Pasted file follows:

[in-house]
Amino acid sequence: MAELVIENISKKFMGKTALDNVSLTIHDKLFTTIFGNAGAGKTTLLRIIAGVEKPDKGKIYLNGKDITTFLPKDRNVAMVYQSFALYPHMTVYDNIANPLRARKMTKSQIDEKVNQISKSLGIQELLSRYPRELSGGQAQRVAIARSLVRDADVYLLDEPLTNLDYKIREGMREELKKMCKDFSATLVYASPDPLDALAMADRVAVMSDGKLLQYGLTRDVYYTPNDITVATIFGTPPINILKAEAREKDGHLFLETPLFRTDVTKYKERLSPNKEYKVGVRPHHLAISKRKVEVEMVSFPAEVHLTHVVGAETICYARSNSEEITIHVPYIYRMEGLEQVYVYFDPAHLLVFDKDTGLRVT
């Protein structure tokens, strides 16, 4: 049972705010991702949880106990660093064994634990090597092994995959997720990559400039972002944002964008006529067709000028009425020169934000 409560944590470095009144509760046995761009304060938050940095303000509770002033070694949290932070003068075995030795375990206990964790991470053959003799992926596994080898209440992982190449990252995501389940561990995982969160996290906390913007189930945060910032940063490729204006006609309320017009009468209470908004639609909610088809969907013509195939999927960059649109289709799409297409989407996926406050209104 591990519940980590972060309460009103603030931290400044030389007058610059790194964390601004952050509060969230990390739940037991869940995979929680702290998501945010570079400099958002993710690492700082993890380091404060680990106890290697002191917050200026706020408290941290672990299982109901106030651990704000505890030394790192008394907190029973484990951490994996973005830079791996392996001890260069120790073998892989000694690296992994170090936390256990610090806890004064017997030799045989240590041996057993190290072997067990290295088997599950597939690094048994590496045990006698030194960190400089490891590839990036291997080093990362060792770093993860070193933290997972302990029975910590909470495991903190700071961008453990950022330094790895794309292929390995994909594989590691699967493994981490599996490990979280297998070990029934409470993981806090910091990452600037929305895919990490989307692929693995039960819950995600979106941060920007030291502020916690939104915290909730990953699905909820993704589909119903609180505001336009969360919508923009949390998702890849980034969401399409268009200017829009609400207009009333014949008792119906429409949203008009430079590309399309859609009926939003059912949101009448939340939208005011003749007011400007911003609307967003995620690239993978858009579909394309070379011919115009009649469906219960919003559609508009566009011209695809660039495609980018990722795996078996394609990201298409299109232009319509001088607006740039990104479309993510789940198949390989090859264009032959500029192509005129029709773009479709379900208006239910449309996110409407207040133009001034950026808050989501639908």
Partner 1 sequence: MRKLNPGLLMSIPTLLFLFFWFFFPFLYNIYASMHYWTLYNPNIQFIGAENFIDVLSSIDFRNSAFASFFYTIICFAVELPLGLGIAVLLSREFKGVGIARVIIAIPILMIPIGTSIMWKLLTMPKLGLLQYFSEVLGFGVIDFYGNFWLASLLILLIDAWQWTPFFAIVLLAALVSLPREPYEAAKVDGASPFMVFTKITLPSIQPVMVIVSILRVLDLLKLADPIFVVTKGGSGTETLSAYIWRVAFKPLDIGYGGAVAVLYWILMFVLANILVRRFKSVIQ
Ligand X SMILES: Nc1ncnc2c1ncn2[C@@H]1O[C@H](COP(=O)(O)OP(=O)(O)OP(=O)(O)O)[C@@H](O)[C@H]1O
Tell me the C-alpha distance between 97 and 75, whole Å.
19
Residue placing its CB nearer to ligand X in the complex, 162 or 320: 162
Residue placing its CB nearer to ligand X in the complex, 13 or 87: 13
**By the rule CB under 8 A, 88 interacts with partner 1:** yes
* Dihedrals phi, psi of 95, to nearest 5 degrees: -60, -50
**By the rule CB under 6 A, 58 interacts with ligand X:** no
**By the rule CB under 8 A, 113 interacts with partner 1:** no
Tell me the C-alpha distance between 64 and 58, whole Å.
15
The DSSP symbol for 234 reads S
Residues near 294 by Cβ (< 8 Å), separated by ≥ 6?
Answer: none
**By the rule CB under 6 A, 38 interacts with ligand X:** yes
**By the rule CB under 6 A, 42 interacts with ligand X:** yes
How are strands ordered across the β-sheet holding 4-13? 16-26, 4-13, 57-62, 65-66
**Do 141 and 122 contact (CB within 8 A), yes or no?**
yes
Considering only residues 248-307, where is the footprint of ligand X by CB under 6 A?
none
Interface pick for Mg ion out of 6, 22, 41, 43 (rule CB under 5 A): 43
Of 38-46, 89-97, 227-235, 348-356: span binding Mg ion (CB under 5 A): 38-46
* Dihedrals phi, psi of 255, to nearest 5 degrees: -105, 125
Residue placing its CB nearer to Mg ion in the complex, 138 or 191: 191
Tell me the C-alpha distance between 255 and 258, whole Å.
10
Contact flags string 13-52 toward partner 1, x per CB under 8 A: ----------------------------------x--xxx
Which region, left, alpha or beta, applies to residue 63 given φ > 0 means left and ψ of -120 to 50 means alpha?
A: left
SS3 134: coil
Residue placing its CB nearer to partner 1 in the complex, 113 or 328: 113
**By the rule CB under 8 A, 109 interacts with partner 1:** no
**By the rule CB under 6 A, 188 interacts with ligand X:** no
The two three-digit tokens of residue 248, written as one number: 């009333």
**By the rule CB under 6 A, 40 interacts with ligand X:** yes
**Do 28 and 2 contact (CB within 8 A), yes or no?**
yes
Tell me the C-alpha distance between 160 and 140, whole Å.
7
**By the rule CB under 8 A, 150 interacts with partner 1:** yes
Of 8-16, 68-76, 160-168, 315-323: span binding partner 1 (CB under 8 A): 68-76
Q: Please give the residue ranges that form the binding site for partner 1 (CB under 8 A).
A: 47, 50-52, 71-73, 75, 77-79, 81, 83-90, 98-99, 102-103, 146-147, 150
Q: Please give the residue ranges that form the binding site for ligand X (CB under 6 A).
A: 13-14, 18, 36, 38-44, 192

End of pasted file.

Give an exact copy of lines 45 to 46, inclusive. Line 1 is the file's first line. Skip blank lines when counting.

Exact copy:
**By the rule CB under 8 A, 150 interacts with partner 1:** yes
Of 8-16, 68-76, 160-168, 315-323: span binding partner 1 (CB under 8 A): 68-76